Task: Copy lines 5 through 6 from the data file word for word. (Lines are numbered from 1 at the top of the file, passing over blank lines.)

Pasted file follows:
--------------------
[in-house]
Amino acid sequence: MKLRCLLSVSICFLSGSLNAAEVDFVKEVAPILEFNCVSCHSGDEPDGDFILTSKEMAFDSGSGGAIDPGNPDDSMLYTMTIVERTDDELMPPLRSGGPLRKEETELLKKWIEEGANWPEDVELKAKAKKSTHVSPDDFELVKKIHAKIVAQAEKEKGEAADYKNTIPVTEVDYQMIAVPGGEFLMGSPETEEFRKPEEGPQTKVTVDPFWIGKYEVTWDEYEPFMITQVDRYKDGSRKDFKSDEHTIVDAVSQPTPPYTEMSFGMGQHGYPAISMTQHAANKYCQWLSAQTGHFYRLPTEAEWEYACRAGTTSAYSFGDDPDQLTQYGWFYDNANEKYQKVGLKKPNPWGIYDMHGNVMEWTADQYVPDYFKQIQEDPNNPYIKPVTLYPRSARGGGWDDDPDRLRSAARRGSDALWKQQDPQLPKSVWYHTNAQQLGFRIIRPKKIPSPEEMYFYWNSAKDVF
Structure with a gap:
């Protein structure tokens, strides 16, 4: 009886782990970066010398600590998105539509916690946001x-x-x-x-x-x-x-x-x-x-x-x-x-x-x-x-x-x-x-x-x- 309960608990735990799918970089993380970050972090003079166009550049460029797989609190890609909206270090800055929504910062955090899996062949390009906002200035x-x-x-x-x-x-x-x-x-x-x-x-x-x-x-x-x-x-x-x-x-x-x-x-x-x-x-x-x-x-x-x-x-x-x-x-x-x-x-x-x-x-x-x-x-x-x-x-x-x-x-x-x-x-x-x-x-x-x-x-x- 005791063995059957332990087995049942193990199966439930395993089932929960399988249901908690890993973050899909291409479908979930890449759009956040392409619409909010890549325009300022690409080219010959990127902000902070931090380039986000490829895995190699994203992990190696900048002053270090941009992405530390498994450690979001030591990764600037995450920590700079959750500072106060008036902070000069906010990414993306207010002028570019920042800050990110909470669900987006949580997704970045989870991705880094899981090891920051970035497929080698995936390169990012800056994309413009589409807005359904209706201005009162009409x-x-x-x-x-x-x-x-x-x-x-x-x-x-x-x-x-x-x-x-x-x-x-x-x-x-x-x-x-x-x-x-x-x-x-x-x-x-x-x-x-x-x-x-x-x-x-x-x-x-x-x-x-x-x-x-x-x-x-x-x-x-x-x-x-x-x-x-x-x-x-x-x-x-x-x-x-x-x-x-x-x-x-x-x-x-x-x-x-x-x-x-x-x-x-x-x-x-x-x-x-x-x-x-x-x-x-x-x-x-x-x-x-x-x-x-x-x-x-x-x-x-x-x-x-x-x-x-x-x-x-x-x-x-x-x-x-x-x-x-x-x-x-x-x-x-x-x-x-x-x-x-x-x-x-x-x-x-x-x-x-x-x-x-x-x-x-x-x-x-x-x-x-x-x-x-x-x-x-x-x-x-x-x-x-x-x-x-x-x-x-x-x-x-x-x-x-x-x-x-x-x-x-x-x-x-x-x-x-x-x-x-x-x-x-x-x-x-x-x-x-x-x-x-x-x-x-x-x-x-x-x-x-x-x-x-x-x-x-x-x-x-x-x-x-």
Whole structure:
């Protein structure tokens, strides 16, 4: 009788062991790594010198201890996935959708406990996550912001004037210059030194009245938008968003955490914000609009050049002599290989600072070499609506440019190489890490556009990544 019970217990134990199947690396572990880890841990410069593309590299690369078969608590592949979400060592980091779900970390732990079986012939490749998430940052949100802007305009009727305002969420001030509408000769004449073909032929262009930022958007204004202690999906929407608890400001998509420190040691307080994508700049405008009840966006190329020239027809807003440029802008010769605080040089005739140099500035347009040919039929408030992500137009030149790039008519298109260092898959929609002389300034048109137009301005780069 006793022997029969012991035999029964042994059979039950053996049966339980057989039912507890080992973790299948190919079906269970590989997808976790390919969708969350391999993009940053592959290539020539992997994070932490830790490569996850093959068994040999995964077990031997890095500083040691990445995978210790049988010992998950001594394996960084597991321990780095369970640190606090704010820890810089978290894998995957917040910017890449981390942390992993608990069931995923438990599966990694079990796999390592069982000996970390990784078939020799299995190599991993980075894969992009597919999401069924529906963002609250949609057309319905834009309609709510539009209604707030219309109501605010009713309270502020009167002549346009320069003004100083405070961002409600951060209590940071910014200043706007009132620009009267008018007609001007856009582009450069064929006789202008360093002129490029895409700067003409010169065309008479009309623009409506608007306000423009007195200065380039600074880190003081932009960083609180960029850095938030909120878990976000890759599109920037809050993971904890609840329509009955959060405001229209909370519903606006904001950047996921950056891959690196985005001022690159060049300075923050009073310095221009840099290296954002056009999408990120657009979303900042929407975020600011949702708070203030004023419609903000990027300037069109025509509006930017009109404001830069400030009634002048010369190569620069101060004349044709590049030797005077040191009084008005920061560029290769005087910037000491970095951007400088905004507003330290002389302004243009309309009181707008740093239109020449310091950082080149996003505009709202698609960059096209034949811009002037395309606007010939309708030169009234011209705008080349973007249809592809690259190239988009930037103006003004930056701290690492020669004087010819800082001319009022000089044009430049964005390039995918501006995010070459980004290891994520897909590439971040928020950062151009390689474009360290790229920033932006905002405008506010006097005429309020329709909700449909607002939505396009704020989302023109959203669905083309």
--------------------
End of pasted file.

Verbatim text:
Whole structure:
């Protein structure tokens, strides 16, 4: 009788062991790594010198201890996935959708406990996550912001004037210059030194009245938008968003955490914000609009050049002599290989600072070499609506440019190489890490556009990544 019970217990134990199947690396572990880890841990410069593309590299690369078969608590592949979400060592980091779900970390732990079986012939490749998430940052949100802007305009009727305002969420001030509408000769004449073909032929262009930022958007204004202690999906929407608890400001998509420190040691307080994508700049405008009840966006190329020239027809807003440029802008010769605080040089005739140099500035347009040919039929408030992500137009030149790039008519298109260092898959929609002389300034048109137009301005780069 006793022997029969012991035999029964042994059979039950053996049966339980057989039912507890080992973790299948190919079906269970590989997808976790390919969708969350391999993009940053592959290539020539992997994070932490830790490569996850093959068994040999995964077990031997890095500083040691990445995978210790049988010992998950001594394996960084597991321990780095369970640190606090704010820890810089978290894998995957917040910017890449981390942390992993608990069931995923438990599966990694079990796999390592069982000996970390990784078939020799299995190599991993980075894969992009597919999401069924529906963002609250949609057309319905834009309609709510539009209604707030219309109501605010009713309270502020009167002549346009320069003004100083405070961002409600951060209590940071910014200043706007009132620009009267008018007609001007856009582009450069064929006789202008360093002129490029895409700067003409010169065309008479009309623009409506608007306000423009007195200065380039600074880190003081932009960083609180960029850095938030909120878990976000890759599109920037809050993971904890609840329509009955959060405001229209909370519903606006904001950047996921950056891959690196985005001022690159060049300075923050009073310095221009840099290296954002056009999408990120657009979303900042929407975020600011949702708070203030004023419609903000990027300037069109025509509006930017009109404001830069400030009634002048010369190569620069101060004349044709590049030797005077040191009084008005920061560029290769005087910037000491970095951007400088905004507003330290002389302004243009309309009181707008740093239109020449310091950082080149996003505009709202698609960059096209034949811009002037395309606007010939309708030169009234011209705008080349973007249809592809690259190239988009930037103006003004930056701290690492020669004087010819800082001319009022000089044009430049964005390039995918501006995010070459980004290891994520897909590439971040928020950062151009390689474009360290790229920033932006905002405008506010006097005429309020329709909700449909607002939505396009704020989302023109959203669905083309």